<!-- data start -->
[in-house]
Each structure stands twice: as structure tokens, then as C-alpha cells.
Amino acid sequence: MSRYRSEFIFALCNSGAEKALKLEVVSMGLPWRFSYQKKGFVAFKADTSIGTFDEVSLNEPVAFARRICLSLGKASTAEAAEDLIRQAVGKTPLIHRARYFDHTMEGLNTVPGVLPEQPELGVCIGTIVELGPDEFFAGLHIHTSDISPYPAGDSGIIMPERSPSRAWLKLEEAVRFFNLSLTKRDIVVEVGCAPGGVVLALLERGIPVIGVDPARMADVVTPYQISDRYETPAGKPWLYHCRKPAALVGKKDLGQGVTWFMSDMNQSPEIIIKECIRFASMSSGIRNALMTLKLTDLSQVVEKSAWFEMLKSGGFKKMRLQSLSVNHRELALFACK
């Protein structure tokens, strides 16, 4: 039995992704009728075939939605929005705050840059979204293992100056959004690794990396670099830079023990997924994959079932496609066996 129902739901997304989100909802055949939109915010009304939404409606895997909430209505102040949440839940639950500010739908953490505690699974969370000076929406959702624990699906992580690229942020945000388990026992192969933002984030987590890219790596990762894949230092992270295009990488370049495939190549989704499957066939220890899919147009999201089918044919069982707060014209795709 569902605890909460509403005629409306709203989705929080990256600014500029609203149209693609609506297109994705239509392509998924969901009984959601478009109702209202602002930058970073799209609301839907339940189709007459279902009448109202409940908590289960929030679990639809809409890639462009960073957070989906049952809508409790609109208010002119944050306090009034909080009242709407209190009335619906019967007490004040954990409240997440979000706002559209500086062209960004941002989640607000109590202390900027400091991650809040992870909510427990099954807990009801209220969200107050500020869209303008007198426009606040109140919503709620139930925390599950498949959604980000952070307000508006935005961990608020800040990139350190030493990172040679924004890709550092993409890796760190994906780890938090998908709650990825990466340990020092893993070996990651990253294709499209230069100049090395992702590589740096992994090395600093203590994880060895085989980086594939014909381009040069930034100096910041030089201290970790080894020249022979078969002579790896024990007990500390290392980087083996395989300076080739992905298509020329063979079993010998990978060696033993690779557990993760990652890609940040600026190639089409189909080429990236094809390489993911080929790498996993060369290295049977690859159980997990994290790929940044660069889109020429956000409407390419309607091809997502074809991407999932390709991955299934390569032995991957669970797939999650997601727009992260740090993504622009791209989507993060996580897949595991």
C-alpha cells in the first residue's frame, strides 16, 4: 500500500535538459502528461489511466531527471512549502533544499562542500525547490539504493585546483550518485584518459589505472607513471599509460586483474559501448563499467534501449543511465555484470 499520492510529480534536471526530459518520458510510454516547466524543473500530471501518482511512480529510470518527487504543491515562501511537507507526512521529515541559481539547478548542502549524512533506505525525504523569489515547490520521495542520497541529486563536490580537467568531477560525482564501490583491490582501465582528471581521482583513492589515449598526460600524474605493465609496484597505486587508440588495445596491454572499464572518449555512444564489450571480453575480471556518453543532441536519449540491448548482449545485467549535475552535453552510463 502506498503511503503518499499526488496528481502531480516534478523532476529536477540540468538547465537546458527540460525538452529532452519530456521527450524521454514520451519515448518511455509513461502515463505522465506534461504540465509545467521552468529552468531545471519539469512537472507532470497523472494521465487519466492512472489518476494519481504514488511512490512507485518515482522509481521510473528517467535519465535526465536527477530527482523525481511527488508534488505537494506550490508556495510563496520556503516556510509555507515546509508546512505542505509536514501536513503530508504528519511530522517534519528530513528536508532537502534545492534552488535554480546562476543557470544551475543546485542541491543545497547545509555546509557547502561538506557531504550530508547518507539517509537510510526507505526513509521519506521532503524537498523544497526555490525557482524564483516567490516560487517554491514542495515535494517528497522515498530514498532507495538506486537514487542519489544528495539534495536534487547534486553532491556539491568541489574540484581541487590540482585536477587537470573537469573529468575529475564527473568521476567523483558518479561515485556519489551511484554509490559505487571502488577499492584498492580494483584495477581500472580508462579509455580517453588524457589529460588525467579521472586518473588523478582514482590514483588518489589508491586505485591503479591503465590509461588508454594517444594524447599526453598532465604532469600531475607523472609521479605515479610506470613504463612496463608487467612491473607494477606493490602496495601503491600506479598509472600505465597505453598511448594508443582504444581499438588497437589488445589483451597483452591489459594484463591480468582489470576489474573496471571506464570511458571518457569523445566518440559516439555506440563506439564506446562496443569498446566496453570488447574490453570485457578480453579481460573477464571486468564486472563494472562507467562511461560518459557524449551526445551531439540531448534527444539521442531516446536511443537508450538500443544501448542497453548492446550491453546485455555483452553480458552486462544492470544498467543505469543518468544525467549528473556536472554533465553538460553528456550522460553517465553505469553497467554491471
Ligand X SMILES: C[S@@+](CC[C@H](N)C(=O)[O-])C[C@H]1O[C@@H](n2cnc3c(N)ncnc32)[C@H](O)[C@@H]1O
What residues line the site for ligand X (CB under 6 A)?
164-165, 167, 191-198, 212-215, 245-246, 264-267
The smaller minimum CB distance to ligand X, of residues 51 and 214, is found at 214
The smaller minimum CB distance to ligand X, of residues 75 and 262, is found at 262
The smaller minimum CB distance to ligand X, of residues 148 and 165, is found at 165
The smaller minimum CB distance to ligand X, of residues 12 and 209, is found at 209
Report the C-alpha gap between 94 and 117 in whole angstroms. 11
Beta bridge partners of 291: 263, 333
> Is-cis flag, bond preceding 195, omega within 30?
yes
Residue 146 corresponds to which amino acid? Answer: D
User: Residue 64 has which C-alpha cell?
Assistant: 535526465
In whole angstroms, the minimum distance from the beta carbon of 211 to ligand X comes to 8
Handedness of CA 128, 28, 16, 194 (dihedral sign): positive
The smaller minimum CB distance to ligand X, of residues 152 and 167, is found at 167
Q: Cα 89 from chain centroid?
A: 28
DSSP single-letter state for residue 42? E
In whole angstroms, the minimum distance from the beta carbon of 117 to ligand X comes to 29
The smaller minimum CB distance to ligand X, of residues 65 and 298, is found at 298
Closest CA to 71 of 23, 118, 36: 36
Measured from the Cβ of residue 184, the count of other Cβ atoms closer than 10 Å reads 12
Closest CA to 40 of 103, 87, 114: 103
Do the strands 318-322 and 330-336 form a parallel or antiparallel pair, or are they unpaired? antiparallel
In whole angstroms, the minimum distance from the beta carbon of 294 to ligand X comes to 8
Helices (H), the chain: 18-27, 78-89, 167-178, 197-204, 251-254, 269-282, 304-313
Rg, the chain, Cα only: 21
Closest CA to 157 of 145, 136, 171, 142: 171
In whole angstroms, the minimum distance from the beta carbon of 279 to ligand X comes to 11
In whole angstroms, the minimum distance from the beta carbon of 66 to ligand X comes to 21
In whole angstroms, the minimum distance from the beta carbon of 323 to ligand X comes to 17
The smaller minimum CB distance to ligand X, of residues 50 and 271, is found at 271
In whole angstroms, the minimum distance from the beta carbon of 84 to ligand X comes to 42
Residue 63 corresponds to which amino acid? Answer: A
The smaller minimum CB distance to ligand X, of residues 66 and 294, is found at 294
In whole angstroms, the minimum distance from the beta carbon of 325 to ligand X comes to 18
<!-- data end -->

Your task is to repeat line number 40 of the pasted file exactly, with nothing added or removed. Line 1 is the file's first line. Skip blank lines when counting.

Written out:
In whole angstroms, the minimum distance from the beta carbon of 84 to ligand X comes to 42